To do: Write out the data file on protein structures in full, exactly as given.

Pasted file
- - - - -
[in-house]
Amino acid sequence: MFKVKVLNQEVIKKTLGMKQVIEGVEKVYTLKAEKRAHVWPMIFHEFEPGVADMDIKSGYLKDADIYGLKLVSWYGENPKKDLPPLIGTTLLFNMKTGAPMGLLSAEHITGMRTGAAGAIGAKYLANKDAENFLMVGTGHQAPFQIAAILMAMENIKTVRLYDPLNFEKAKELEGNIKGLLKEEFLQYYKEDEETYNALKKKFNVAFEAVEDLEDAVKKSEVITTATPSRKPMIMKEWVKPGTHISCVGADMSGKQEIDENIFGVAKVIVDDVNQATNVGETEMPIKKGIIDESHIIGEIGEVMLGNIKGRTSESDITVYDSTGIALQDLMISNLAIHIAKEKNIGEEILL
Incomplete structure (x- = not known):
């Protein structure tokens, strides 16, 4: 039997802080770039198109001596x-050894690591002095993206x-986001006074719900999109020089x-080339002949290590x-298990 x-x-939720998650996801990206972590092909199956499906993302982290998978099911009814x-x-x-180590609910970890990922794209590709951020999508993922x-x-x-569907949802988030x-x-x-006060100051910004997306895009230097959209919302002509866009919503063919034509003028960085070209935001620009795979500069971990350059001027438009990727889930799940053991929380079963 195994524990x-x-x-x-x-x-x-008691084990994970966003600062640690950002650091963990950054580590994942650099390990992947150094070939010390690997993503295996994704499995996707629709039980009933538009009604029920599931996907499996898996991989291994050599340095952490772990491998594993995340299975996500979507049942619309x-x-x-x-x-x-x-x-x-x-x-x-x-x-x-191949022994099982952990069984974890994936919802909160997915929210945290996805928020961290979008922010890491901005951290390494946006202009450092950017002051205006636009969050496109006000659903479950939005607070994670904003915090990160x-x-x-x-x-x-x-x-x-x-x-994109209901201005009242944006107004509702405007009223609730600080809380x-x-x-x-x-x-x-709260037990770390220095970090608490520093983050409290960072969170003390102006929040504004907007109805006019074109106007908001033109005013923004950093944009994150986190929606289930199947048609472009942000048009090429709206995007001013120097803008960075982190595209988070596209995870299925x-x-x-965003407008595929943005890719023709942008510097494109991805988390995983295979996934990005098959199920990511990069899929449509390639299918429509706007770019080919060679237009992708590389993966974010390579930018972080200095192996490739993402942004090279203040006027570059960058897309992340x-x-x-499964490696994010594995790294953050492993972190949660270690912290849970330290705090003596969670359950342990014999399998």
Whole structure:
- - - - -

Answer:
[in-house]
Amino acid sequence: MFKVKVLNQEVIKKTLGMKQVIEGVEKVYTLKAEKRAHVWPMIFHEFEPGVADMDIKSGYLKDADIYGLKLVSWYGENPKKDLPPLIGTTLLFNMKTGAPMGLLSAEHITGMRTGAAGAIGAKYLANKDAENFLMVGTGHQAPFQIAAILMAMENIKTVRLYDPLNFEKAKELEGNIKGLLKEEFLQYYKEDEETYNALKKKFNVAFEAVEDLEDAVKKSEVITTATPSRKPMIMKEWVKPGTHISCVGADMSGKQEIDENIFGVAKVIVDDVNQATNVGETEMPIKKGIIDESHIIGEIGEVMLGNIKGRTSESDITVYDSTGIALQDLMISNLAIHIAKEKNIGEEILL
Incomplete structure (x- = not known):
């Protein structure tokens, strides 16, 4: 039997802080770039198109001596x-050894690591002095993206x-986001006074719900999109020089x-080339002949290590x-298990 x-x-939720998650996801990206972590092909199956499906993302982290998978099911009814x-x-x-180590609910970890990922794209590709951020999508993922x-x-x-569907949802988030x-x-x-006060100051910004997306895009230097959209919302002509866009919503063919034509003028960085070209935001620009795979500069971990350059001027438009990727889930799940053991929380079963 195994524990x-x-x-x-x-x-x-008691084990994970966003600062640690950002650091963990950054580590994942650099390990992947150094070939010390690997993503295996994704499995996707629709039980009933538009009604029920599931996907499996898996991989291994050599340095952490772990491998594993995340299975996500979507049942619309x-x-x-x-x-x-x-x-x-x-x-x-x-x-x-191949022994099982952990069984974890994936919802909160997915929210945290996805928020961290979008922010890491901005951290390494946006202009450092950017002051205006636009969050496109006000659903479950939005607070994670904003915090990160x-x-x-x-x-x-x-x-x-x-x-994109209901201005009242944006107004509702405007009223609730600080809380x-x-x-x-x-x-x-709260037990770390220095970090608490520093983050409290960072969170003390102006929040504004907007109805006019074109106007908001033109005013923004950093944009994150986190929606289930199947048609472009942000048009090429709206995007001013120097803008960075982190595209988070596209995870299925x-x-x-965003407008595929943005890719023709942008510097494109991805988390995983295979996934990005098959199920990511990069899929449509390639299918429509706007770019080919060679237009992708590389993966974010390579930018972080200095192996490739993402942004090279203040006027570059960058897309992340x-x-x-499964490696994010594995790294953050492993972190949660270690912290849970330290705090003596969670359950342990014999399998």
Whole structure: